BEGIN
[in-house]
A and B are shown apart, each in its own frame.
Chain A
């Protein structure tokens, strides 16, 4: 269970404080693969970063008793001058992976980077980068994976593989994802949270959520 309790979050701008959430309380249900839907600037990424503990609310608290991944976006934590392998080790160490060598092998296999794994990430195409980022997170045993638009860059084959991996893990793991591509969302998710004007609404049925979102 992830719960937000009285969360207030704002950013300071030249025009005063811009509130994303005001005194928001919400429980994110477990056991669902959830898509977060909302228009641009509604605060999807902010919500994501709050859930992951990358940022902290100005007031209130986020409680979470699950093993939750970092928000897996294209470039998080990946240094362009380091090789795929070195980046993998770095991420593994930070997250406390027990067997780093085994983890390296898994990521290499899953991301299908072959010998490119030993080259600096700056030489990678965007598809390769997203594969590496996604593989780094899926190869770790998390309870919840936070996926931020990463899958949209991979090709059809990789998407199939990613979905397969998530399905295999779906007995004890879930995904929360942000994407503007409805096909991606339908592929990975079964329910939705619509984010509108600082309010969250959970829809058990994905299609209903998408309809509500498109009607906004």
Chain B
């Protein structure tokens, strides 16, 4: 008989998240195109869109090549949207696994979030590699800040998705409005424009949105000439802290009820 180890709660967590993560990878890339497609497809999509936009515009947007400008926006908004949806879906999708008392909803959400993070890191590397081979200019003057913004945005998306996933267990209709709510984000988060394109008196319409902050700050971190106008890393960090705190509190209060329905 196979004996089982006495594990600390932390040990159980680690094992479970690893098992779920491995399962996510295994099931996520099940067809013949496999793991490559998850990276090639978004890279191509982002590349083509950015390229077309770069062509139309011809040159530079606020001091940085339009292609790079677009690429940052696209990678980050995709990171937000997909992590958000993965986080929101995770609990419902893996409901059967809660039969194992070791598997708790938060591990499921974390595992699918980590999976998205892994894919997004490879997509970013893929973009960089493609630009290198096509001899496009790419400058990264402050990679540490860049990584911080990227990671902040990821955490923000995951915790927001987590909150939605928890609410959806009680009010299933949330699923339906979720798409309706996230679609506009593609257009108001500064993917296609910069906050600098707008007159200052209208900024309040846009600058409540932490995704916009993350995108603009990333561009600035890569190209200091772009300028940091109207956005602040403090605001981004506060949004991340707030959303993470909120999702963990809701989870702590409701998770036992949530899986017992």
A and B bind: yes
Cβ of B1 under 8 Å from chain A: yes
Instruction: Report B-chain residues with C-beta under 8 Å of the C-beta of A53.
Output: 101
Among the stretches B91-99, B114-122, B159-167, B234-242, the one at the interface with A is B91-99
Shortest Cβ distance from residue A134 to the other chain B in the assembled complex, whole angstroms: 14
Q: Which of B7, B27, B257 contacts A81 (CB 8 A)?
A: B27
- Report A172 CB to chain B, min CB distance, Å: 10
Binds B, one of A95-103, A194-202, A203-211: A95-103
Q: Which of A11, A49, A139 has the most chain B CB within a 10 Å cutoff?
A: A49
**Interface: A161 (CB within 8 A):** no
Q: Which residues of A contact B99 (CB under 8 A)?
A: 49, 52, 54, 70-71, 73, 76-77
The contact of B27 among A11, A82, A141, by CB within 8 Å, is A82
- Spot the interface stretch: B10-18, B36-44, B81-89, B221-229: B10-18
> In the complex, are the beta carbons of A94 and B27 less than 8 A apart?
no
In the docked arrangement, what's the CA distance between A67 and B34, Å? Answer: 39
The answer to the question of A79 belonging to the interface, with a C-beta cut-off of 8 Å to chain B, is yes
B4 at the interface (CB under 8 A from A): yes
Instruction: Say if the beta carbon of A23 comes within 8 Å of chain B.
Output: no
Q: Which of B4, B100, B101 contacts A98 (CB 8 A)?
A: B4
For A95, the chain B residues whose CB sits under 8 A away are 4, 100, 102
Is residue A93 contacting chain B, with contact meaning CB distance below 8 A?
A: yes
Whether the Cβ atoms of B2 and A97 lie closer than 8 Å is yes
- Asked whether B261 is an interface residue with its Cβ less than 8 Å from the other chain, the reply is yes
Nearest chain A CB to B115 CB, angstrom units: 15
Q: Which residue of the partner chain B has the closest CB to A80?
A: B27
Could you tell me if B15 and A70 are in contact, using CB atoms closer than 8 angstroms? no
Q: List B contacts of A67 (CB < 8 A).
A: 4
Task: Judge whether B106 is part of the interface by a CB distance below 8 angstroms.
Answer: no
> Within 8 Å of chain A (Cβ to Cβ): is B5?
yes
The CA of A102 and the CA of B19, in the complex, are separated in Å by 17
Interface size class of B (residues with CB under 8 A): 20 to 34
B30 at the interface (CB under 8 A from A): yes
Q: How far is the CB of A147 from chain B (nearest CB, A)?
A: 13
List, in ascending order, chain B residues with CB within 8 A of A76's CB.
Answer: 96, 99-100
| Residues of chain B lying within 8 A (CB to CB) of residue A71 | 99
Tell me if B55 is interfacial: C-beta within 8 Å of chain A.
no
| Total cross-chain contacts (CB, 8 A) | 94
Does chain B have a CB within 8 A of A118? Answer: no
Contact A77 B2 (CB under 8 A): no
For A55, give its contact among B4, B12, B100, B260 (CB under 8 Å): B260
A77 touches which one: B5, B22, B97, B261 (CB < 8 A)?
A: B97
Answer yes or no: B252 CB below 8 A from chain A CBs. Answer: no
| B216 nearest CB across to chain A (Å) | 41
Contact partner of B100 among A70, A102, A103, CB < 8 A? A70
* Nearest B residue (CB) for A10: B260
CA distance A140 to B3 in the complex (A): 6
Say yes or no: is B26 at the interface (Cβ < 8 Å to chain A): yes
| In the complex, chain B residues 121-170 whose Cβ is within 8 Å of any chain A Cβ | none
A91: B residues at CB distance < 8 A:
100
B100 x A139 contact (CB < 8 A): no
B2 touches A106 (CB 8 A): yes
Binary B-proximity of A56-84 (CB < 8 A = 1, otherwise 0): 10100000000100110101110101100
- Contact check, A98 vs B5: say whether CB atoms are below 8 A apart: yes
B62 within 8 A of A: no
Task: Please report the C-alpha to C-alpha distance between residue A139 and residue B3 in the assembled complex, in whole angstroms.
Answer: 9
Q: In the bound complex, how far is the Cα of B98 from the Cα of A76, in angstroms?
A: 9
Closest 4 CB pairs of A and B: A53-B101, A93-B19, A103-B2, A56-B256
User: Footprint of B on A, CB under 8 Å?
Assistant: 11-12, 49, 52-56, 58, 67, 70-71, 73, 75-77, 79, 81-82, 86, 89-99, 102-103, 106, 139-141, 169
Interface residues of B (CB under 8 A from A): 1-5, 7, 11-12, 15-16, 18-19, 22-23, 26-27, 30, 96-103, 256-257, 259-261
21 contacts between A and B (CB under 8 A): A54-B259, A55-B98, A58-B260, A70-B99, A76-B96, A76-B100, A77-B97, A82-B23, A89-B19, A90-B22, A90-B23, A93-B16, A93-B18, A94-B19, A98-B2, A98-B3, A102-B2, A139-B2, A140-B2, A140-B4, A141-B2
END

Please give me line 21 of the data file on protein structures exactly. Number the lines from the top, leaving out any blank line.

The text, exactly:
A: 49, 52, 54, 70-71, 73, 76-77